Double whammy of plunging oil and pandemic hits African producers
Nigeria, Angola and Algeria cannot compete with the lower costs of erstwhile allies Saudi Arabia and Russia
Lagos — Collapsing oil prices have left African producers facing not only lost revenue when they most need it to tackle the coronavirus pandemic, but also a fall in hard-won market share they may never regain.
The continent’s producers such as Nigeria, Angola and Algeria cannot compete with the lower costs of erstwhile allies Saudi Arabia and Russia, who are flooding the market with oil.
In a sign of their desperation, the Republic of Congo’s oil minister wrote to Opec secretary-general Mohammad Barkindo on March 20 calling for an urgent meeting to find a way to keep member nations from sinking into recession.
But while desperate for Opec+, the organisation and Russia, to ride to their rescue, Africa’s oil producers have little leverage over them.
“They have no power,” one Nigerian oil industry source said. “All they can do is ask.”
Though non-Opec nations such as Britain, Norway and the US all have relatively high-cost production, due to their diversified economies they are not dependent on oil.
As well as hitting already tight budgets, the oil price drop had led oil majors to cut billions from spending plans. The longer-term impact for the comparatively costly African fields could be far more painful.
“Companies are reviewing their whole portfolios on a daily basis,” said Roderick Bruce, principal research analyst for Africa at IHS Markit, which forecasts final investment decisions on the continent could hit historic lows in 2020.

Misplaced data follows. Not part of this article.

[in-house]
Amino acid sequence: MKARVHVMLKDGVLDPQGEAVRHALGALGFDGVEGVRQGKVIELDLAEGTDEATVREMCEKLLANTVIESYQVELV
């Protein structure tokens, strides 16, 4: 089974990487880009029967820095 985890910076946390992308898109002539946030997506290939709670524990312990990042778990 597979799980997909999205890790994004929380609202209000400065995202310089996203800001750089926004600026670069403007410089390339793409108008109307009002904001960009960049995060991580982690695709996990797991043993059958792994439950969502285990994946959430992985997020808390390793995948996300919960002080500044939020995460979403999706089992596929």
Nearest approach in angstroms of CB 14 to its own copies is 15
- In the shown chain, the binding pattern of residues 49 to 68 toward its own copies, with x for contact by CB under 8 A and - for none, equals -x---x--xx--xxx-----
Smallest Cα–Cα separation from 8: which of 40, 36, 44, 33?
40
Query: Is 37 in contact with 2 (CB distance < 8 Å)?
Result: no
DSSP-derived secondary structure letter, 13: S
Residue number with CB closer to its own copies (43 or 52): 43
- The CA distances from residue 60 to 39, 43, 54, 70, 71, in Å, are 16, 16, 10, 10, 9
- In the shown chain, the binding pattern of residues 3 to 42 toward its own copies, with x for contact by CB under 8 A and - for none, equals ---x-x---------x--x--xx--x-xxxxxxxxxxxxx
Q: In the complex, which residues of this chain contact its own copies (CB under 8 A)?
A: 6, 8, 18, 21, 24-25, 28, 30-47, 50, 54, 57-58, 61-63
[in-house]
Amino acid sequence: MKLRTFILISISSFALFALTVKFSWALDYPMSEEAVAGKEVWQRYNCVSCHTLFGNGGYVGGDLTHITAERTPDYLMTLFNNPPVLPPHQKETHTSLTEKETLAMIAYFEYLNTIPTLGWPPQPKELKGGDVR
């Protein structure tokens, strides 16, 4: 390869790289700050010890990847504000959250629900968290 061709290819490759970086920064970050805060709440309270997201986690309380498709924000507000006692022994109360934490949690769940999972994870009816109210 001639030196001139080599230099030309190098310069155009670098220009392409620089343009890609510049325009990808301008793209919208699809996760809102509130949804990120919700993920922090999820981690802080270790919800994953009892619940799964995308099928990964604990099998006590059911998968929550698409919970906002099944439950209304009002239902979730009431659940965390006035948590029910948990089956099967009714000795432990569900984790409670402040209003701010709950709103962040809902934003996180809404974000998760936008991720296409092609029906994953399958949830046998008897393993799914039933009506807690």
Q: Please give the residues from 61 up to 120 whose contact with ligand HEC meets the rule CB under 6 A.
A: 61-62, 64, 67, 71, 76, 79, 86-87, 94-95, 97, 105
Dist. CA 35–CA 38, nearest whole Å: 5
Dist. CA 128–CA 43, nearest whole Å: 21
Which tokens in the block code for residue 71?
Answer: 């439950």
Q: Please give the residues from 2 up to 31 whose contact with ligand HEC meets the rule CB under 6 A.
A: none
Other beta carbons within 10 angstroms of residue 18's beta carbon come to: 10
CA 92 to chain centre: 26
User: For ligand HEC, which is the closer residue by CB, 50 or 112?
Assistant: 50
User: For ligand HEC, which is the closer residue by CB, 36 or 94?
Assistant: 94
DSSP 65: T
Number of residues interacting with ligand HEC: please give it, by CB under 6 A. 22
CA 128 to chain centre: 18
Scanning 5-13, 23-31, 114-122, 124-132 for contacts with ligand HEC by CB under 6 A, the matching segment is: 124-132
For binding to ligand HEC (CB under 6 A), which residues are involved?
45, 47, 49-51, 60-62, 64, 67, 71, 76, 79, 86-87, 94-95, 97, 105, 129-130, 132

African countries are “in a very difficult position”, Bruce added, citing their higher production costs.
In Nigeria production is forecast to fall 35% without offshore field investments. Across Africa, Rystad Energy estimates delayed spending could mean a drop of 200,000 barrels per day (bpd) in expected output by 2025.
“The discipline that’s going to be introduced will be a shock to the system,” said Alex Vines, head of the Africa Programme at British think-tank Chatham House.
“This is really different terrain, and these are very vulnerable economies,” Vines added.
Larger nations are also elbowing African producers out of incredibly competitive spot trade.
They cannot match the agile, aggressive marketing that saw Saudi Arabia slash its selling prices almost immediately after the collapse of the Opec+ deal.
By comparison, Nigeria took nearly two weeks to make record cuts to its official selling prices.
The country is also struggling to sell its oil, which is rich in the petrol and jet fuel that the world is not using due to the coronavirus pandemic.
While Angola’s production has fallen from close to 2-million bpd a decade ago to 1.4-million bpd, it had been in the midst of reforms that were meant to boost output.
And Equatorial Guinea is trying to auction new licences and find a replacement for ExxonMobil, which wants to leave.
The sudden cash crunch is also hindering the ability of Africa’s oil producers to manage growing coronavirus outbreaks and a group of African finance ministers has called for a $100bn stimulus package to help deal with the pandemic.
Health systems across the continent are already chronically underfunded and citizens are often too poor and tightly packed in slums to stock food or self-isolate, while the oil crunch also casts doubt on whether nations can craft rescue packages or pay soldiers and police to enforce lockdowns or combat unrest.
Nigeria, which has cut nearly $5bn from its budget and promised a halt to all non-essential projects, said it needs 120-billion naira to fight the coronavirus outbreak.
Algeria, whose public debt rose to 45% of GDP at the end of last year from 26% in 2017, plans 30% public spending cuts and has directed state energy firm Sonatrach to halve planned investment to $7bn.
Angola, where oil production has fallen steadily in recent years, is mulling a $3bn Eurobond offering to shore up a budget based on $55 per barrel oil, while debt-ridden Congo Republic has been trying to renegotiate $1.7bn of oil-backed loans.